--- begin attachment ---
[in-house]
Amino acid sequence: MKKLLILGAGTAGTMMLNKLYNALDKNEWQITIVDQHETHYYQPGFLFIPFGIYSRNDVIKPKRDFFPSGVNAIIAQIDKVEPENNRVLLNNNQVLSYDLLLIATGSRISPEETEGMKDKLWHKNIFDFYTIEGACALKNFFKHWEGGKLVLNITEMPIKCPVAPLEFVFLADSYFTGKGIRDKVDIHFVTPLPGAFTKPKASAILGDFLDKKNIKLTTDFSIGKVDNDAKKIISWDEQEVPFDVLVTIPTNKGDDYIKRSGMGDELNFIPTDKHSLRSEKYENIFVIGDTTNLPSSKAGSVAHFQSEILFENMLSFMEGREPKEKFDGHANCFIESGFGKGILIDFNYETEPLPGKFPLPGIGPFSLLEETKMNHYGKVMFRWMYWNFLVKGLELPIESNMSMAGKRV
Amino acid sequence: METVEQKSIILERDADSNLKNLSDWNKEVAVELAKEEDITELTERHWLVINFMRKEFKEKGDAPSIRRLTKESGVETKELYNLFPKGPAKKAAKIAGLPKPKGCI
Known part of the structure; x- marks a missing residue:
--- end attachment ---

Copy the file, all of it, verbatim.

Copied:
[in-house]
Amino acid sequence: MKKLLILGAGTAGTMMLNKLYNALDKNEWQITIVDQHETHYYQPGFLFIPFGIYSRNDVIKPKRDFFPSGVNAIIAQIDKVEPENNRVLLNNNQVLSYDLLLIATGSRISPEETEGMKDKLWHKNIFDFYTIEGACALKNFFKHWEGGKLVLNITEMPIKCPVAPLEFVFLADSYFTGKGIRDKVDIHFVTPLPGAFTKPKASAILGDFLDKKNIKLTTDFSIGKVDNDAKKIISWDEQEVPFDVLVTIPTNKGDDYIKRSGMGDELNFIPTDKHSLRSEKYENIFVIGDTTNLPSSKAGSVAHFQSEILFENMLSFMEGREPKEKFDGHANCFIESGFGKGILIDFNYETEPLPGKFPLPGIGPFSLLEETKMNHYGKVMFRWMYWNFLVKGLELPIESNMSMAGKRV
Amino acid sequence: METVEQKSIILERDADSNLKNLSDWNKEVAVELAKEEDITELTERHWLVINFMRKEFKEKGDAPSIRRLTKESGVETKELYNLFPKGPAKKAAKIAGLPKPKGCI
Known part of the structure; x- marks a missing residue: